Oh heart, oh troubled heart!
An old man, recently bereaved, sits and sits, the minutes ticking by with painful slowness. He makes tea, and out of habit pours two cups, one for him and one for his dead wife. And still he sits. Watching him in anguish is the spirit of his wife, desperate to help, to tell him that it is OK to let her go. She tries to move ‘her’ cup away; she flutters round him in the house they have shared together for so many years. He makes a desolate attempt to sort through her belongings. A small case contains all her most treasured possessions – her favourite necklace, a bundle of letters – and these he lingers over sorrowfully. Each object becomes a conduit for a milestone memory from their shared life: their courtship and marriage; a baby that doesn’t survive infancy; the relived trauma of wartime injury after he is demobilised; the difficult patch in their marriage when she is given the opportunity to study or to forge her own career path. And eventually the inevitable as one partner (she) dies after a long illness and the other (he) is left to grieve.
It is a simple, universal story. Interview anyone over the age of seventy, speak to your parents (or grandparents, depending on your age!), and some version of the story above will emerge. That, for me, is a positive not a negative. At the heart of the success of this piece is the universality of the story, and the beauty with which it is executed.
There is not a second of Translunar Paradise that hasn’t been plotted with infinite care, nor performed with immaculate craft and precision. George Mann as the widower and Deborah Pugh as the spirit wife are a perfect match, their wordless storytelling exhibiting the expertise in mime and physical performance that a Lecoq training gives you, yet going way beyond the technical into a really gifted subtlety and expressiveness. Handheld masks are used beautifully to represent the characters in old age, the masks flying away as memories unfold and the characters become their younger selves. Each moment of transformation is seamless, and there are some particularly lovely sections where a removed mask takes on a puppetesque quality, the older character observing a younger self or partner. Objects are manipulated with tender care: a cup fought over between the real and spirit worlds; a necklace that dances with exquisite joy; the little suitcase that has its own narrative in the play, representing the one thing that she (when younger) has to hang on to, and that he (when older) has to let go of.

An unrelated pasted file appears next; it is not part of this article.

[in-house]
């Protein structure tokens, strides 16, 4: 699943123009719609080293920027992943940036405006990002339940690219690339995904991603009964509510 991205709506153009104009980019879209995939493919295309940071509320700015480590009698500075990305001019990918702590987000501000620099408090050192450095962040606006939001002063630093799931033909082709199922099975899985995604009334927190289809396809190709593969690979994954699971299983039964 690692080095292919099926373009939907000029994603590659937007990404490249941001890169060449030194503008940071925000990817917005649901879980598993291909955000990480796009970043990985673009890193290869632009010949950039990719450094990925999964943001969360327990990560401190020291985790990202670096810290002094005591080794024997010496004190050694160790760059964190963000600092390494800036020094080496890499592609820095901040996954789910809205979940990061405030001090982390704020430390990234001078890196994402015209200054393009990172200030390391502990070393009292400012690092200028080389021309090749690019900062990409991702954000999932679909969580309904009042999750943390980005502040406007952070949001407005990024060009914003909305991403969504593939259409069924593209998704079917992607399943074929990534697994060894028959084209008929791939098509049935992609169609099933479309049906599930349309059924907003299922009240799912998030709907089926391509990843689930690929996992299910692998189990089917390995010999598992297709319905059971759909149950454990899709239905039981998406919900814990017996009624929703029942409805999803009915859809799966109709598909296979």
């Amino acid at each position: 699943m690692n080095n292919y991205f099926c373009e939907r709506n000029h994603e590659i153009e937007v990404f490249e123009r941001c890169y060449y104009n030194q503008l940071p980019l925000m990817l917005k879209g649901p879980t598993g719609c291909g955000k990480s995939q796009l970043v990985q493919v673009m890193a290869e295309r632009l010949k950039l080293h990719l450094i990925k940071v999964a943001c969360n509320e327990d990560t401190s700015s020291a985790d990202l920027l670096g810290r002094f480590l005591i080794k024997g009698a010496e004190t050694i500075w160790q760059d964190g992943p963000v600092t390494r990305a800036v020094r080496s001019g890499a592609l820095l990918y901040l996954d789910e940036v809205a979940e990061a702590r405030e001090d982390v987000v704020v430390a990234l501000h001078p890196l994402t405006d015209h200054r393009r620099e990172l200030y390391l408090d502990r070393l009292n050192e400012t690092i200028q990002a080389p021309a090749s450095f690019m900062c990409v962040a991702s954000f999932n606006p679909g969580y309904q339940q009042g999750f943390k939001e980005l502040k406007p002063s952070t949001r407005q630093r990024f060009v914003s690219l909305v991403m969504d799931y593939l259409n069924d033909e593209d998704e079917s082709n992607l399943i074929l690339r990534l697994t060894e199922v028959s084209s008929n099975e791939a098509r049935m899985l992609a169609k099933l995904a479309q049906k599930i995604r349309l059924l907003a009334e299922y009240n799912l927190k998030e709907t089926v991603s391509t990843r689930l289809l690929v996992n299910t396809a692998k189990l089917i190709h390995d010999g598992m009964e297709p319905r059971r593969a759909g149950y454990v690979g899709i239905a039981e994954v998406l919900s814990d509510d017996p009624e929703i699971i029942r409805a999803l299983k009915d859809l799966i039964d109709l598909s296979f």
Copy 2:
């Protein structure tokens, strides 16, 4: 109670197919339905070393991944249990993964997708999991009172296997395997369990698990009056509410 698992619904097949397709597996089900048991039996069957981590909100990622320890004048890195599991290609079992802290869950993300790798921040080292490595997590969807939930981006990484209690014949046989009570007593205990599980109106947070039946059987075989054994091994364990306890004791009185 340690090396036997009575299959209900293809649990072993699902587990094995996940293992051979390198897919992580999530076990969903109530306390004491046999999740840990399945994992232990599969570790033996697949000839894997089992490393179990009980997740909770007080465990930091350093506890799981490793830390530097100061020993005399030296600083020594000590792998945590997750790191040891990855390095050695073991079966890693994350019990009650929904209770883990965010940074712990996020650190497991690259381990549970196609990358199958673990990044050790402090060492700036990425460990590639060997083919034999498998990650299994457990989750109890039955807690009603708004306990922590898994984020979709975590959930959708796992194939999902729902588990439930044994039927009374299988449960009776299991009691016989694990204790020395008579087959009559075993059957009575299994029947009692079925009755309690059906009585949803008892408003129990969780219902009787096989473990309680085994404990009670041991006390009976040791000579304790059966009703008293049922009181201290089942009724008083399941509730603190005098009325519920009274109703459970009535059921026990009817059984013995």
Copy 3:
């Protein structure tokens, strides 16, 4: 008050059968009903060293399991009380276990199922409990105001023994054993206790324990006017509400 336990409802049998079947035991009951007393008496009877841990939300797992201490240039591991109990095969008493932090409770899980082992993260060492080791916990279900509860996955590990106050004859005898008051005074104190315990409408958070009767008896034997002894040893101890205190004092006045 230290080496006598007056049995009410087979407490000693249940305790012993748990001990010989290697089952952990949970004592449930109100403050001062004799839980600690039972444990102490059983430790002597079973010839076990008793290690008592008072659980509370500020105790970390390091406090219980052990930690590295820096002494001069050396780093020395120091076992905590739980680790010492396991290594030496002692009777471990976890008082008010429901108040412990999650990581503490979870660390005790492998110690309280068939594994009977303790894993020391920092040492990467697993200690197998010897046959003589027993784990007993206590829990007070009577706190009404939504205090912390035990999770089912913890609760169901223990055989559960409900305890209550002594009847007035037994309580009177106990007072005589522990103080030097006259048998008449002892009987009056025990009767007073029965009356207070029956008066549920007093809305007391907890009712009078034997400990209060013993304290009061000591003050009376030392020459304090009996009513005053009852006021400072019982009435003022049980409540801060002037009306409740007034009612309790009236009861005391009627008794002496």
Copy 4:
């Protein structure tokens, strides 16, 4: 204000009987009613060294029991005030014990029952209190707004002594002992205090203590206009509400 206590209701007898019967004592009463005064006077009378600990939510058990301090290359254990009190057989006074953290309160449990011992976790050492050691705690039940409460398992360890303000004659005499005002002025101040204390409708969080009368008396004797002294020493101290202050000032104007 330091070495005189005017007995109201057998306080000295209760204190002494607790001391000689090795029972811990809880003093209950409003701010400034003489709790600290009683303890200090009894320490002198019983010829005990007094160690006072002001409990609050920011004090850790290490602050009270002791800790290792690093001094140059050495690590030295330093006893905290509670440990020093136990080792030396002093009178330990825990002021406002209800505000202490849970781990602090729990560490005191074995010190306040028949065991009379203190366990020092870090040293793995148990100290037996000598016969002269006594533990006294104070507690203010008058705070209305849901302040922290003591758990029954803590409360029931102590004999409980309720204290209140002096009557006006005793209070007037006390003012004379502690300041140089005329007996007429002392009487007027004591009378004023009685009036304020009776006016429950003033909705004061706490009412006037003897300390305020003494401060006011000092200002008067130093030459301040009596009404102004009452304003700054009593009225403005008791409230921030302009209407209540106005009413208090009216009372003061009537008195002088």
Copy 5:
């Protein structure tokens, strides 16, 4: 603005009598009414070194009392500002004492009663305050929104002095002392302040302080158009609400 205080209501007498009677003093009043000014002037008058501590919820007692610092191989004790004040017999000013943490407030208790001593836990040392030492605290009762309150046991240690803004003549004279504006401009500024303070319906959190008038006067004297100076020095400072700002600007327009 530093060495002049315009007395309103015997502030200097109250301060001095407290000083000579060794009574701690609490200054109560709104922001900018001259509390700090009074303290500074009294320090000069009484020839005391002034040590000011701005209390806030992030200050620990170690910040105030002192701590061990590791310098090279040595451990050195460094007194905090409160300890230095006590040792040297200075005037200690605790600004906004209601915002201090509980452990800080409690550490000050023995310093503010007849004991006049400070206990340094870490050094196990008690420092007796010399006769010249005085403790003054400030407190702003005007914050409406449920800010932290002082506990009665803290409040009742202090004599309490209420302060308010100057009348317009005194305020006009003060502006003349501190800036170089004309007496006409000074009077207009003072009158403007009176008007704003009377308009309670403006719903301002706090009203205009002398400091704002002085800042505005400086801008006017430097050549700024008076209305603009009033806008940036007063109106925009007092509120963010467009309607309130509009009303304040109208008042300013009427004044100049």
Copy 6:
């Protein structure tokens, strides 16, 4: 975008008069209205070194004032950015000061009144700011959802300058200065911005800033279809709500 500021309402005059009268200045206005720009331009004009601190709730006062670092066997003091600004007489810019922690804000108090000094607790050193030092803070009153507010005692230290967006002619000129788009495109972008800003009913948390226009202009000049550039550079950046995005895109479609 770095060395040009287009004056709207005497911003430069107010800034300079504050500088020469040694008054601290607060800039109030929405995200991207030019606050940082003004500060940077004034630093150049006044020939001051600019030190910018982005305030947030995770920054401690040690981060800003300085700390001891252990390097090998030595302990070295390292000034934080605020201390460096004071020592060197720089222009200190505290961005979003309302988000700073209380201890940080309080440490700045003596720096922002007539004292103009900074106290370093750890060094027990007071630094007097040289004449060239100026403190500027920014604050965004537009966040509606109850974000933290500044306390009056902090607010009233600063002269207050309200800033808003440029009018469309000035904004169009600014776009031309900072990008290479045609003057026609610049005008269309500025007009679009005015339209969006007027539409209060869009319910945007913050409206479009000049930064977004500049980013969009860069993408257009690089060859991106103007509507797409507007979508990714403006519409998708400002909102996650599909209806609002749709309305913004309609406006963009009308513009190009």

The physical action is supported by an onstage, visible accordionist (Kim Heron) who provides the perfectly-pitched soundtrack – playing or whistling snatches of songs that have accompanied the couple’s life journey, from ‘We’ll Meet Again’ to ‘Girl From Ipanema’; tapping out the interminable ticking of a clock with the accordion buttons; providing the labouring breath of a dying woman with the instrument’s bellows.
A word also about the audience. I don’t think I have ever seen a more attentive audience, at the Edinburgh Fringe or elsewhere. From the opening image of the widower sat at his kitchen table to a closing ‘life flashes by’ whirlwind of reprised memories as the ghost departs, the whole audience is almost holding its collective breath, and as the lights come up to rapturous applause, it is clear that there is hardly a dry eye in the house.
A near-perfect example of contemporary wordless theatre – and proof (should anyone need it) that theatre without words can engage the head, touch the heart, and nourish the soul just as effectively as any other form. A little taste of paradise on earth!